There are many good reasons why modern homes should be made in a factory. There are no good reasons why they shouldn’t. Practically everything else we use in our lives comes from a factory and we are very happy with them, so why not our homes too? We expect our cars, TV’s computers and phones to be mass-produced, and would be very surprised to find that they weren’t, in fact we wouldn’t buy them if we found that they were hand-made by a group of people brought together in a muddy field and given instructions in how to build them, in a language not their own, and chosen because they provided the lowest price or just happened to be available that day.

Manufactured homes are more likely to meet the stringent quality standards demanded by regulations for new homes because it’s much easier to check quality when the product is being made in a warm building, out of the wind and rain. Workers of all ages and backgrounds can be employed in a factory because they are not expected to carry heavy loads up ladders, or withstand the cold. So the workforce can be from a wider demographic and different backgrounds.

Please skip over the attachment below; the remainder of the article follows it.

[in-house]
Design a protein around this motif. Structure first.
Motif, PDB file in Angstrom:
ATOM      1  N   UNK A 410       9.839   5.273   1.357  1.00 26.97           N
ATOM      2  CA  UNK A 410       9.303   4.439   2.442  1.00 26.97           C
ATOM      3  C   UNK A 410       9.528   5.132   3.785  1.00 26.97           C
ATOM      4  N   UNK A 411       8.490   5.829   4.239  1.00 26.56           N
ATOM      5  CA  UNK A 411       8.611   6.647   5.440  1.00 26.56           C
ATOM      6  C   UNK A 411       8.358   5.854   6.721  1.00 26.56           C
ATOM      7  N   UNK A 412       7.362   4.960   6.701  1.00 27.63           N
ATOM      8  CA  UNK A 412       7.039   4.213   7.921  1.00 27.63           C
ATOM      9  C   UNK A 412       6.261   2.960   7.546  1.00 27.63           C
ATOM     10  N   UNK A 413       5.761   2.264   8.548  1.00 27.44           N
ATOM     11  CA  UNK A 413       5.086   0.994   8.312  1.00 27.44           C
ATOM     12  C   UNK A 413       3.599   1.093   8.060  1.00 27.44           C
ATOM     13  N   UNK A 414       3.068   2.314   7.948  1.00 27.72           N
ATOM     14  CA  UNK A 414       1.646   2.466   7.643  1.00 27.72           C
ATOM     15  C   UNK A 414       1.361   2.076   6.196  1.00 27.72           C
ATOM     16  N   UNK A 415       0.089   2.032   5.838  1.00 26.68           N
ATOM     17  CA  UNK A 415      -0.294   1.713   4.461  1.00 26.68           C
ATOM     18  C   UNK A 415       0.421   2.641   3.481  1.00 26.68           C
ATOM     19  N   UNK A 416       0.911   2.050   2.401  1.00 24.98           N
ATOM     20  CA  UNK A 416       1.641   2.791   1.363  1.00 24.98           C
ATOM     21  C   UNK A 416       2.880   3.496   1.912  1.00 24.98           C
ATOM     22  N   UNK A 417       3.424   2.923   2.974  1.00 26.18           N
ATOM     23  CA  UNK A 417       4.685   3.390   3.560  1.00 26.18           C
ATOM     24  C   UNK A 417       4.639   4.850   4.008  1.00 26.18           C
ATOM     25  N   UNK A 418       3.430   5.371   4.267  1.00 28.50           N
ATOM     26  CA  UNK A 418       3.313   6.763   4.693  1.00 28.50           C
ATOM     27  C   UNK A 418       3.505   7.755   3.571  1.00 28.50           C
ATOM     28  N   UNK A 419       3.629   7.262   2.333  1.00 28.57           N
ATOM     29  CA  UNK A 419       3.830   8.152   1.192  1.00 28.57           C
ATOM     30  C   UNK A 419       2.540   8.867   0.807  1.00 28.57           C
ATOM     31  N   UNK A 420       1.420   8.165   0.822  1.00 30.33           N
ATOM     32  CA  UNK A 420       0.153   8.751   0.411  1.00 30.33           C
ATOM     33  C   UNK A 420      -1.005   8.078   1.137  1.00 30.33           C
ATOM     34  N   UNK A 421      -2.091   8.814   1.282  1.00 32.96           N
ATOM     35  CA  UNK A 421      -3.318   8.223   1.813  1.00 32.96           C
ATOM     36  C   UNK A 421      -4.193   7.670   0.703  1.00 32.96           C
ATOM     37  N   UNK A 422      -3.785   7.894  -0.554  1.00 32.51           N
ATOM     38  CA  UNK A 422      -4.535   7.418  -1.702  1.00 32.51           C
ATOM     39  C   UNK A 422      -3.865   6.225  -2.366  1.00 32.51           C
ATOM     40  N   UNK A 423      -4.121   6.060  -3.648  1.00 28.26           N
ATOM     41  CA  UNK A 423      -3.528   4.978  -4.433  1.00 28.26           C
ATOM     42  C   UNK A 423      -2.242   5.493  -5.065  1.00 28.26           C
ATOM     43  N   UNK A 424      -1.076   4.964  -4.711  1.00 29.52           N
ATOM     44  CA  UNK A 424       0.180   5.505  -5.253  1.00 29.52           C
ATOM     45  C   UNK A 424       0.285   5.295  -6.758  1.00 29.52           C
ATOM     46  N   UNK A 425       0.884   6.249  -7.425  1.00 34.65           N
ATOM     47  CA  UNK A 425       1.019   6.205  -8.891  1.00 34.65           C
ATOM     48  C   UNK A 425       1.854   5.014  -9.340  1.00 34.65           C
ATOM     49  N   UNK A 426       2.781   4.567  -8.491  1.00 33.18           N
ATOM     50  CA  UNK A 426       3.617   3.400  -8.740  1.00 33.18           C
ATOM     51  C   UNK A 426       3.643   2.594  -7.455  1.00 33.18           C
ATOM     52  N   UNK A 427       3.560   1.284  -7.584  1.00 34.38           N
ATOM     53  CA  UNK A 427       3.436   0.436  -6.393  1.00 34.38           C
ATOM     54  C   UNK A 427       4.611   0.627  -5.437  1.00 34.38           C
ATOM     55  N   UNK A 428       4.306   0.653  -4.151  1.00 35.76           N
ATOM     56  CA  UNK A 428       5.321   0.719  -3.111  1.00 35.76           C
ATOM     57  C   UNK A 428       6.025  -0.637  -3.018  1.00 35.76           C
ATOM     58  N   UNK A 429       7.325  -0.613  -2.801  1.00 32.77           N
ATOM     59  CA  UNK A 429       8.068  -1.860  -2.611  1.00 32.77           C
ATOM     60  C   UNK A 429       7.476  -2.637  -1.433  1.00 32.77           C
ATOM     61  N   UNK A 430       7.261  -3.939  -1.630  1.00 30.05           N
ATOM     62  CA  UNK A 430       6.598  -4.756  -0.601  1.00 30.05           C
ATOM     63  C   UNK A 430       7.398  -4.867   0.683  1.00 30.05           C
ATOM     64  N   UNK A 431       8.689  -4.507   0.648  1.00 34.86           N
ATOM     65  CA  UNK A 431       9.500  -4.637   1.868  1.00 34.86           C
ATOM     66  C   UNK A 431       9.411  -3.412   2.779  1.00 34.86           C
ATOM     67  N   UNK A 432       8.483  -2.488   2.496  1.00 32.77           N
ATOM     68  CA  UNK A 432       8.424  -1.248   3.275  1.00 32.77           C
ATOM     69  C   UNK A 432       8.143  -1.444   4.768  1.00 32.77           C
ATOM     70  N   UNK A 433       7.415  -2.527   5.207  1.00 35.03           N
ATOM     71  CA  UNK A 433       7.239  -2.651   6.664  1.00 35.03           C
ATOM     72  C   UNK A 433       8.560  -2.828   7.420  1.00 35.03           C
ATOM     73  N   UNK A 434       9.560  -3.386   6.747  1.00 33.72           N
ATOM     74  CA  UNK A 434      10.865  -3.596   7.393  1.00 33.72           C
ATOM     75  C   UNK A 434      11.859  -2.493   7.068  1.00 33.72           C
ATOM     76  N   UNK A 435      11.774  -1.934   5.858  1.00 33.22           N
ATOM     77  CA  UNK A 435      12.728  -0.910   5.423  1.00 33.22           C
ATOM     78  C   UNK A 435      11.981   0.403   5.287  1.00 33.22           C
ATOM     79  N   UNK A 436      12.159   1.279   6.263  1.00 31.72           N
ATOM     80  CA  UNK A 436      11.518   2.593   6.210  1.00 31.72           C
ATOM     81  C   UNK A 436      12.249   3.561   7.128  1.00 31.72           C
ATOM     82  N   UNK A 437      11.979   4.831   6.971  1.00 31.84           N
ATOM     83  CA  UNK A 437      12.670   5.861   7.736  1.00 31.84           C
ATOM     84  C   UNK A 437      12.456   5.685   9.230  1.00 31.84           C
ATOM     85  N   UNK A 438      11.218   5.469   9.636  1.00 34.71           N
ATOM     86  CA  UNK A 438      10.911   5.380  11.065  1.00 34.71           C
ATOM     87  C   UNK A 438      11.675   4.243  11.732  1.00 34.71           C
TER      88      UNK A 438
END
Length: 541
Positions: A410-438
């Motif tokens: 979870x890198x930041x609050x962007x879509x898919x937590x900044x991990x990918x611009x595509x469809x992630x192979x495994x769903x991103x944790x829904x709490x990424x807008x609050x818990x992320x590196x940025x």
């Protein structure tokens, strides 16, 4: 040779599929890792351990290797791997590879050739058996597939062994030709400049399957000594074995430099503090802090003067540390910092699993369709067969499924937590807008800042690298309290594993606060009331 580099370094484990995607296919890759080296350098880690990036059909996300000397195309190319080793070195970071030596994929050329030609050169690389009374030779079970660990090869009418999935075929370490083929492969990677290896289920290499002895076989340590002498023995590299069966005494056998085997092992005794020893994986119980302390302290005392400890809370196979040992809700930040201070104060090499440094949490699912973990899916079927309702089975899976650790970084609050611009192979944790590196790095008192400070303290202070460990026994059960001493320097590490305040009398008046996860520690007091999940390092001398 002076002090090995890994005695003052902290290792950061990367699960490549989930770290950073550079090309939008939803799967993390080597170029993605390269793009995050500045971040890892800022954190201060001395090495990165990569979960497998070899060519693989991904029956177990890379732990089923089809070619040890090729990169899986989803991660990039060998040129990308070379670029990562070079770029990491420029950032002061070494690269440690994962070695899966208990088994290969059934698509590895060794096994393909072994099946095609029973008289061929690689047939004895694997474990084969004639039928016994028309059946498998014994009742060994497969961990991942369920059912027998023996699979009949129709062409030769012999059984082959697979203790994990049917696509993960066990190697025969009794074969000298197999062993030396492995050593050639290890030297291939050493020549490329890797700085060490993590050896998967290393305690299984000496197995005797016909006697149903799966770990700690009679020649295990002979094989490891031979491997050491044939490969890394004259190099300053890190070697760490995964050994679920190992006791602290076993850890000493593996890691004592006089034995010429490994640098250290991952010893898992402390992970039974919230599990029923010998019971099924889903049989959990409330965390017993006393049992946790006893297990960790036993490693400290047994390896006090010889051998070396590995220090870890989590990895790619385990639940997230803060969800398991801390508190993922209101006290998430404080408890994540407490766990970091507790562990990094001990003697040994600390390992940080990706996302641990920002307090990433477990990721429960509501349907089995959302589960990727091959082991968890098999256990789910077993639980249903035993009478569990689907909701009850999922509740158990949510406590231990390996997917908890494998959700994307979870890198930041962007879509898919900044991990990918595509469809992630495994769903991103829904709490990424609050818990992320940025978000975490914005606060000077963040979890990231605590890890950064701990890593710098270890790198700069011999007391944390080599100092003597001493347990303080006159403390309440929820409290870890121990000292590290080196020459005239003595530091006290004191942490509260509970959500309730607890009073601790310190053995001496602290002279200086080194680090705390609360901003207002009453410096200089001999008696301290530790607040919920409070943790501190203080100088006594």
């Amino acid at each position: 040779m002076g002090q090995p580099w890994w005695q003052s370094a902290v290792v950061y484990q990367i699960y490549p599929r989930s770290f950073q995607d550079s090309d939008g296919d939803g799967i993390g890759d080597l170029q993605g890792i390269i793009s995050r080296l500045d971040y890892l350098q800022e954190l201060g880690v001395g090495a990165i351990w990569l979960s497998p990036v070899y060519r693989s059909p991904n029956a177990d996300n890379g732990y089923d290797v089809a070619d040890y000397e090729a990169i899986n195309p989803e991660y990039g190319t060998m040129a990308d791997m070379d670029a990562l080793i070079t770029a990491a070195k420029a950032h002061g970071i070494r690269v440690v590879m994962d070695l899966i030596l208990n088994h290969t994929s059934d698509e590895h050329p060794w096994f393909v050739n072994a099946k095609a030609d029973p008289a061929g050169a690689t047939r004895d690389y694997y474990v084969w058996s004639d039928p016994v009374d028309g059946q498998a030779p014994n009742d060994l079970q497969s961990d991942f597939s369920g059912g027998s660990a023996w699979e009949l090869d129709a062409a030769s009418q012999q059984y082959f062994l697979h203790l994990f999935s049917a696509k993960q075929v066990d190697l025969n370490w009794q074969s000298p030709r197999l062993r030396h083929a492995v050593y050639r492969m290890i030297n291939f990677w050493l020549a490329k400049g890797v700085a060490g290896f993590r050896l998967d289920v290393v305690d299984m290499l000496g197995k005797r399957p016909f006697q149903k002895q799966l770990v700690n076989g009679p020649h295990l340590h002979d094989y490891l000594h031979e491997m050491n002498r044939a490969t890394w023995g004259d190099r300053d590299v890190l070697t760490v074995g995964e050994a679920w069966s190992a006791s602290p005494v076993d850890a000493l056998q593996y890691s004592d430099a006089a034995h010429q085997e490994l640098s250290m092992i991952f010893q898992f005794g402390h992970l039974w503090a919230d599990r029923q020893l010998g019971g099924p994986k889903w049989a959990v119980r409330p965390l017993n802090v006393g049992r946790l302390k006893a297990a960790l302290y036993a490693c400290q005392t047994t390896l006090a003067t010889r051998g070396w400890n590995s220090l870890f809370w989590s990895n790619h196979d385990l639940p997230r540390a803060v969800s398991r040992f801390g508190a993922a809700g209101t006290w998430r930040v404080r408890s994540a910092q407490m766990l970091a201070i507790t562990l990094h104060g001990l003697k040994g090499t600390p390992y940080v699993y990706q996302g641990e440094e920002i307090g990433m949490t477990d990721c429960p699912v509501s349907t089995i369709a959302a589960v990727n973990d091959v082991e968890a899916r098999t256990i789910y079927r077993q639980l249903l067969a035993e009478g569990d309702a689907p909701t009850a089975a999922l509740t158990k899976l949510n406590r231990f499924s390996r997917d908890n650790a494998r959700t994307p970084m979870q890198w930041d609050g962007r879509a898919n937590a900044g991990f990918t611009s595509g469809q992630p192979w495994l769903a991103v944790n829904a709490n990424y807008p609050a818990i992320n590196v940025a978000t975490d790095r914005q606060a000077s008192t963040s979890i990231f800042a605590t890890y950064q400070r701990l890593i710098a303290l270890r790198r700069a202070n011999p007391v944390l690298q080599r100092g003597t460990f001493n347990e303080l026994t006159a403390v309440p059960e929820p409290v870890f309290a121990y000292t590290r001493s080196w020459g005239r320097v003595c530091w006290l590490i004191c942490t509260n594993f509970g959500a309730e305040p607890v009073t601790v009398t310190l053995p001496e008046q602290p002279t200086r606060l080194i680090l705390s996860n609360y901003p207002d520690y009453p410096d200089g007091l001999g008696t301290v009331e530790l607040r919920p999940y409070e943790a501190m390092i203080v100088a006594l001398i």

In the current economic conditions this factor is lowering the cost of building homes in a factory as wages for fully employed people are stable. The self-employed sub-contractors who do much of the work on traditional building sites are raising their wages as much as possible because they can. In the rush to build homes, there is a shortage of labour such as bricklayers and carpenters, so the ones that are available can charge a lot for their skills.

Factories are less exposed to this wage inflation because their workers are permanently employed and therefore can’t demand increases in their wages at short notice. Factory owners tell me that last year, their homes were more expensive to build than traditional buildings, but could be built more quickly. This year they can be built for the same price, but more quickly, and next year they will be cheaper to build, and more quickly.